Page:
My big hero of the financial crash is Marcel Reich-Ranicki who, given an achievement award on German’s second TV channel, ZDF, thrust it back at the presenter and denounced the whole of public television as ‘rubbish’.
Reich-Ranicki, 88, is Germany’s foremost literary critic and, as a result of his hour-long weekly discussion programme on the screen, a national figure. No respecter of reputations, he has fallen out with every leading author from Gunter Grass down when their books fell below his exalted standards. Now he has publicly bitten the hand that fed him – and the result is an attack of rabies panic among German media bosses.
In an effort to mitigate the shock of rejection, the awards show host Thomas Gottschalk offered to stage a televised debate between Reich-Ranicki and the heads of public television – an offer accepted with alacrity by the executives and, after appropriate reflection, by the critic himself. That is going to be one fun show.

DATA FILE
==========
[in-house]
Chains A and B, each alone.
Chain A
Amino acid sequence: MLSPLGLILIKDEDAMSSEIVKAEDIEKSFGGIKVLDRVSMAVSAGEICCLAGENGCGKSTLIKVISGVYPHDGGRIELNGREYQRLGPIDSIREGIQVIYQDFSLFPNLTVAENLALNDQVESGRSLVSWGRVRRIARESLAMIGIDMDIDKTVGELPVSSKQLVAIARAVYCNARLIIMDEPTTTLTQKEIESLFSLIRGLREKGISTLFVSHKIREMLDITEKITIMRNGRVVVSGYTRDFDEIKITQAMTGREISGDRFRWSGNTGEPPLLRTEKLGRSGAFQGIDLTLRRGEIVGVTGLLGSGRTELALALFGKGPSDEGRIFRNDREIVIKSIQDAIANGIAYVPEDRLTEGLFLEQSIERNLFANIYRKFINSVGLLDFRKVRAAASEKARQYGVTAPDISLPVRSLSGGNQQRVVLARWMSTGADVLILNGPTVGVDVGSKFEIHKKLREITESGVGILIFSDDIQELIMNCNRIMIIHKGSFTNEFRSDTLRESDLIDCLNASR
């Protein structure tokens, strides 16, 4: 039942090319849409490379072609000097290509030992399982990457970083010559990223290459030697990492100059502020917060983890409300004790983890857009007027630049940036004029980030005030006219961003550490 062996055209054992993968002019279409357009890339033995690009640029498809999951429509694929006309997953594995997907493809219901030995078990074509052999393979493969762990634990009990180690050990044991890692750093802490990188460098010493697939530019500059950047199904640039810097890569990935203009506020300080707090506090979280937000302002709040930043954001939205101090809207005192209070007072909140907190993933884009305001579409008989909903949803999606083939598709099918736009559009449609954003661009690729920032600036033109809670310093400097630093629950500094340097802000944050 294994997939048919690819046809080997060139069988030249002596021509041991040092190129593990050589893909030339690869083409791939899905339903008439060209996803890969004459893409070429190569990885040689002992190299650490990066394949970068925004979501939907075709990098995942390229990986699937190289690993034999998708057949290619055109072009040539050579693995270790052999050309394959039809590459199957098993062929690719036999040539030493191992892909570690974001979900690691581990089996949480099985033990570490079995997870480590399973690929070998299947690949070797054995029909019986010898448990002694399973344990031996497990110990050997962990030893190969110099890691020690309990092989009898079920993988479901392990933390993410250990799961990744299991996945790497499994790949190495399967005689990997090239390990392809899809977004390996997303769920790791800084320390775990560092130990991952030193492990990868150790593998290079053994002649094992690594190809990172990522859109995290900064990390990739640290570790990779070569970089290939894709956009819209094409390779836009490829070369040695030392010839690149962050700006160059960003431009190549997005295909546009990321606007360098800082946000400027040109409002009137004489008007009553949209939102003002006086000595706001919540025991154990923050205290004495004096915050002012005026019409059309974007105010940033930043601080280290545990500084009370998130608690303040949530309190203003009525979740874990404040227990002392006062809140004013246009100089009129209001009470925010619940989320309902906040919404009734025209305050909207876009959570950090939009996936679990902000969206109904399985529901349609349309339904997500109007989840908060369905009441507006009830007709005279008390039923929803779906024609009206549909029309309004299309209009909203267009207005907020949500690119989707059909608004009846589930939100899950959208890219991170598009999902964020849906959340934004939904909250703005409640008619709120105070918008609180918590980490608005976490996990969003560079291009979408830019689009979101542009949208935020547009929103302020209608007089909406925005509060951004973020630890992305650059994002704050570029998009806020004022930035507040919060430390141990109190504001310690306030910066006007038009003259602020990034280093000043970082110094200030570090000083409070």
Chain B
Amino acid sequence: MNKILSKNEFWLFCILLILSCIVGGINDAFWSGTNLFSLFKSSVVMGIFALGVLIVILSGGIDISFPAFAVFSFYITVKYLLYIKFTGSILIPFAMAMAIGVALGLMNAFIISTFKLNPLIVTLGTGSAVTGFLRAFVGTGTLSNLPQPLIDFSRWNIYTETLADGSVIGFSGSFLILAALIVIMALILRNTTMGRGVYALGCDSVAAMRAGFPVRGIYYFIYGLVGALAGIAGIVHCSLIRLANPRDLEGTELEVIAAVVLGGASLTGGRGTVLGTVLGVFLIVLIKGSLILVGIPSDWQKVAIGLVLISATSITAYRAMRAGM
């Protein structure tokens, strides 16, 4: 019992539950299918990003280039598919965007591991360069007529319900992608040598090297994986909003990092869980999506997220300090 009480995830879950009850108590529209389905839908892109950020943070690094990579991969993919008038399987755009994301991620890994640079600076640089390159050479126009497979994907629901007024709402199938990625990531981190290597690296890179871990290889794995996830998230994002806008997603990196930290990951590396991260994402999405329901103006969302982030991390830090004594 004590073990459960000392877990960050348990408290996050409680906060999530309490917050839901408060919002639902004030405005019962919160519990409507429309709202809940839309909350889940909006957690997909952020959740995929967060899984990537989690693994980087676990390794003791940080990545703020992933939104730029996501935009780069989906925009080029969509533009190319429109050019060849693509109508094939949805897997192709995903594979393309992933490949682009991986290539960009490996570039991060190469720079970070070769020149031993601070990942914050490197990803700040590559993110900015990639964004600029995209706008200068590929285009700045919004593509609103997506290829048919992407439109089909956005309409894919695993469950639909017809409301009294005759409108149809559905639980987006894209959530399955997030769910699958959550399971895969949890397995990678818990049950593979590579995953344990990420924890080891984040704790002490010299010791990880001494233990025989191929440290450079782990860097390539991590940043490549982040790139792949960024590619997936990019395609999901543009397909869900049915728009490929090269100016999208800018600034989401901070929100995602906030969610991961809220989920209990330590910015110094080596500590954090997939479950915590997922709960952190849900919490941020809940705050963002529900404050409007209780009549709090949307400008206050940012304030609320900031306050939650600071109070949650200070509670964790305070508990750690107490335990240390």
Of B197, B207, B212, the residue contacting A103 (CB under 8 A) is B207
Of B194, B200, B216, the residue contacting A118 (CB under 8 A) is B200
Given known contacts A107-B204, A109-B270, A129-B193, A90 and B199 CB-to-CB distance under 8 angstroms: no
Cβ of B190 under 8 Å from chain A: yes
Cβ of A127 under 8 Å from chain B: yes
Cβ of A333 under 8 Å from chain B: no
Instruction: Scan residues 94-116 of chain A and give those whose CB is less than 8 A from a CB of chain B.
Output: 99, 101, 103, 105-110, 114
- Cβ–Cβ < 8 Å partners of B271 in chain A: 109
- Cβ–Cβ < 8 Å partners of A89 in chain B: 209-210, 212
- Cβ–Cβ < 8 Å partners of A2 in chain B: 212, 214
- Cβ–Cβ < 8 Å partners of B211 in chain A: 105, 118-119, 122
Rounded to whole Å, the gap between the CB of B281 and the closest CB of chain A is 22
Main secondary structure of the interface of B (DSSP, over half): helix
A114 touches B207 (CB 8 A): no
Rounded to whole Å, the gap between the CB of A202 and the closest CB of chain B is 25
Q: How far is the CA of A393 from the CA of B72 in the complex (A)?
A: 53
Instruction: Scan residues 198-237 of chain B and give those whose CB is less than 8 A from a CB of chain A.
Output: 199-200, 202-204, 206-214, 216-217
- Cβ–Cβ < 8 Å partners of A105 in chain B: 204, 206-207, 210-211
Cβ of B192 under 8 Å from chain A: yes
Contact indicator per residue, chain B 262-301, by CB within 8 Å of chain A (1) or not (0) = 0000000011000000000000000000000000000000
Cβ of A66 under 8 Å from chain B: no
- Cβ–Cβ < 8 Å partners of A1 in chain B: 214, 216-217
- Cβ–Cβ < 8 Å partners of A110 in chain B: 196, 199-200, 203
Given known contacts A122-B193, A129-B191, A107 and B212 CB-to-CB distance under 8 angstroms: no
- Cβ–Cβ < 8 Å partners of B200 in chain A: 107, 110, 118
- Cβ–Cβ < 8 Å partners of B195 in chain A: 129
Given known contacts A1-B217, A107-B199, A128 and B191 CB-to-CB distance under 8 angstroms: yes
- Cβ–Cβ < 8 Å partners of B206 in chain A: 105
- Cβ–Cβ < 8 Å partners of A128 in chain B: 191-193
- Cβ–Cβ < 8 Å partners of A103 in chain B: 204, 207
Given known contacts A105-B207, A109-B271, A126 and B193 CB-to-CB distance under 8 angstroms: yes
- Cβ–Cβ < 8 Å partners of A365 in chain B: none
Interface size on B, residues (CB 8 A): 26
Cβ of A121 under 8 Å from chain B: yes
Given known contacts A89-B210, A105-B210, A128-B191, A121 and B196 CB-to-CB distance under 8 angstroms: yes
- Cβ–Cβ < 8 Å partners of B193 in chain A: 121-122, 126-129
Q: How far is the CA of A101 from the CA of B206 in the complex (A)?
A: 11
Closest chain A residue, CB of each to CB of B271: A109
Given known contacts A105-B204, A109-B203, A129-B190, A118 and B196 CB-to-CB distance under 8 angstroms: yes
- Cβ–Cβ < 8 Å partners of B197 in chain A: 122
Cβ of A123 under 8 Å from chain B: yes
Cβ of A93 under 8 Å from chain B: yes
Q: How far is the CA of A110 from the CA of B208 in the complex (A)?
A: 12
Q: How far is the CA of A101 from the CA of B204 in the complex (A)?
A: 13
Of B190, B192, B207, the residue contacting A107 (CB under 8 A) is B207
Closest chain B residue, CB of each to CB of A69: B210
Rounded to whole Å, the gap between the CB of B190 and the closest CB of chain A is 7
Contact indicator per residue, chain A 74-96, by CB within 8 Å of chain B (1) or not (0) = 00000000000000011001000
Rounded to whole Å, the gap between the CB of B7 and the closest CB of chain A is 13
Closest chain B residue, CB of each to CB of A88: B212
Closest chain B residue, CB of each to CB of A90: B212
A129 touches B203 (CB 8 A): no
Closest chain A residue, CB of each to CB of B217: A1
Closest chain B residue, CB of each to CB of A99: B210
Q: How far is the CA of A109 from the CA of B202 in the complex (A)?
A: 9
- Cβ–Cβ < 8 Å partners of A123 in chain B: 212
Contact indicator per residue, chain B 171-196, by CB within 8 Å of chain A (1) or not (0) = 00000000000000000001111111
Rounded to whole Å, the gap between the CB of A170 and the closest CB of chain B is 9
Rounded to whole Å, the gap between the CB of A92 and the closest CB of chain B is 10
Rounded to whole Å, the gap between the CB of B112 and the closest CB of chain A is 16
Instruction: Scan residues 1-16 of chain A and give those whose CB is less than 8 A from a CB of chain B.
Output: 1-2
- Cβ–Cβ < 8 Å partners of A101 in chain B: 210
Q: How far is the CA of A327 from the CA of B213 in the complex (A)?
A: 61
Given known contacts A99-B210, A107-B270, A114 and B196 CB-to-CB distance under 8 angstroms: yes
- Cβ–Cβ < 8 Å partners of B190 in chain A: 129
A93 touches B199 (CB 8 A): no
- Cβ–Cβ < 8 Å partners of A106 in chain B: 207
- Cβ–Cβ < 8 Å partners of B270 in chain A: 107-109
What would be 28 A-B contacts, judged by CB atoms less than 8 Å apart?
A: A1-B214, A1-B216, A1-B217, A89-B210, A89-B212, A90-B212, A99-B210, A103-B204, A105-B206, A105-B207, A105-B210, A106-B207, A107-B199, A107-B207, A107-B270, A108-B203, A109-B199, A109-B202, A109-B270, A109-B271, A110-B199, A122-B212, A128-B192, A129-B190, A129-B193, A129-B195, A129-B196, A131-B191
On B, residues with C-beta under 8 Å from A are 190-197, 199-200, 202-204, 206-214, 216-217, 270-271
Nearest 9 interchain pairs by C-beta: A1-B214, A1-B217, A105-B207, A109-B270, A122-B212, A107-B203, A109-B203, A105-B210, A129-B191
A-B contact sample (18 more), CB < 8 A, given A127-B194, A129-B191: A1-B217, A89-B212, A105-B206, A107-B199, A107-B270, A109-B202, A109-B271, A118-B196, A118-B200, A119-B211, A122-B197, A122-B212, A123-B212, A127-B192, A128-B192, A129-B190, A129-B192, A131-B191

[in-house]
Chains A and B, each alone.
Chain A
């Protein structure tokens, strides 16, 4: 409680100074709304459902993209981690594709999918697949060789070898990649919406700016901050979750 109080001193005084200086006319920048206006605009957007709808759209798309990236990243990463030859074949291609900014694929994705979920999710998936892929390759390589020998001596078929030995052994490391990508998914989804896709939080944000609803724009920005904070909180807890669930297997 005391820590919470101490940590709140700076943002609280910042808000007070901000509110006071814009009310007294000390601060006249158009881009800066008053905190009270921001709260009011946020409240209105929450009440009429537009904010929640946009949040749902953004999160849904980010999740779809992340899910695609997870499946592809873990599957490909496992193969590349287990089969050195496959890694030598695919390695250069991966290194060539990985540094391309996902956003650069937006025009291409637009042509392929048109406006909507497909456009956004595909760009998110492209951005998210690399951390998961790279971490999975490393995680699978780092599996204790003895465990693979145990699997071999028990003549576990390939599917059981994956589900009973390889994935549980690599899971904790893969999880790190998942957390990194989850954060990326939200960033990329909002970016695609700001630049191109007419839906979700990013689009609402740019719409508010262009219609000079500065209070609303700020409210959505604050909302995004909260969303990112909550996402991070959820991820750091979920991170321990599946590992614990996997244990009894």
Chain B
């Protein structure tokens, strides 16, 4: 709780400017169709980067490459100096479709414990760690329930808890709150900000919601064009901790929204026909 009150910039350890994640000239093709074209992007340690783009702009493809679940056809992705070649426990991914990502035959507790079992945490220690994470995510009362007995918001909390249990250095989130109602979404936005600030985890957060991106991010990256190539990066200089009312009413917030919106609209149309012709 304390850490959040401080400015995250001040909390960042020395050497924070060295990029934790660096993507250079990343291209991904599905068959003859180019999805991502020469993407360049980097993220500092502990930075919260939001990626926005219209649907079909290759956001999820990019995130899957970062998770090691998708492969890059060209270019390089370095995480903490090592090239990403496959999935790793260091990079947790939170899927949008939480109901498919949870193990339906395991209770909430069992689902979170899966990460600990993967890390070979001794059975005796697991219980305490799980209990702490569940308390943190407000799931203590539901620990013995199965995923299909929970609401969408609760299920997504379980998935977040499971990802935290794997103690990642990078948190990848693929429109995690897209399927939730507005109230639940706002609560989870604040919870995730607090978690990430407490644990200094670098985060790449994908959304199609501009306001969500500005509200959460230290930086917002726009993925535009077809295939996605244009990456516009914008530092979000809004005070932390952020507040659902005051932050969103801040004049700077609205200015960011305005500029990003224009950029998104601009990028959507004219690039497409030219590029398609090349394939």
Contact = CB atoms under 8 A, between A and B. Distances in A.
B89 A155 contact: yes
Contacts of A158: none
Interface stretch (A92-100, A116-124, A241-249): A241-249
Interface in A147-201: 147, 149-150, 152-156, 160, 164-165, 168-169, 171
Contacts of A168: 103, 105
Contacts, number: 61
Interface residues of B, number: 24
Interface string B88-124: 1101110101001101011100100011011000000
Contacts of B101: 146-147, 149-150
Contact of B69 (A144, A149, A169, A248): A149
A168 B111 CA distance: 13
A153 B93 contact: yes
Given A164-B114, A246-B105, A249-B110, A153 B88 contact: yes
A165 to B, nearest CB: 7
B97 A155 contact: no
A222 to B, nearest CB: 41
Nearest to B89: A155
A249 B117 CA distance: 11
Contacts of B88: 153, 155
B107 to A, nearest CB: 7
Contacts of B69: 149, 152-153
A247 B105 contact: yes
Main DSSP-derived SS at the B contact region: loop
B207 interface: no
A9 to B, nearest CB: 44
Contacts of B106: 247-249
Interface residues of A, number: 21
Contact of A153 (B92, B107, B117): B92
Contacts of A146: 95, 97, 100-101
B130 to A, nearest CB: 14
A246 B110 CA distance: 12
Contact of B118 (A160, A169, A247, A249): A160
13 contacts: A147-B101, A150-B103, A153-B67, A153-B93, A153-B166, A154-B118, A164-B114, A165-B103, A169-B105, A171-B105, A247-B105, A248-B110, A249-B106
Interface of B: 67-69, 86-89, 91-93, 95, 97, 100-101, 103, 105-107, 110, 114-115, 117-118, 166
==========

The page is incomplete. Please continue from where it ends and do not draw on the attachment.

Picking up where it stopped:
The focus of Reich-Ranicki’s attack was on the dumbing down of public broadcasting, the reliance on reality shows, talent contests and talentless celebrities. Gottschalk admitted in a subsequent interview that if television were made to the critic’s rules, he would be unemployed.
Beyond the confines of a German spat, however, this has lessons for all of us who ply a trade in the creative arts. All my writing life, I have accepted persuasion from publishers and career makers to go on TV whenever asked, and on the BBC without a second thought. Now, I hardly ever accept without strict guarantees.
Television has become a dishonest medium, distorting facts to fit the visual image and contorting ideas into cliche. Information programmes, so called, are voyeuristic garbage and even sport has been subsumed by the cult of celebrity.
The time has come for all creative people to join the Reich-Ranicki rally and denounce public television for the rubbish it is – until the dustcarts come along and the act is cleaned up.
Let’s all say No to TV.
Sign below to join the rally.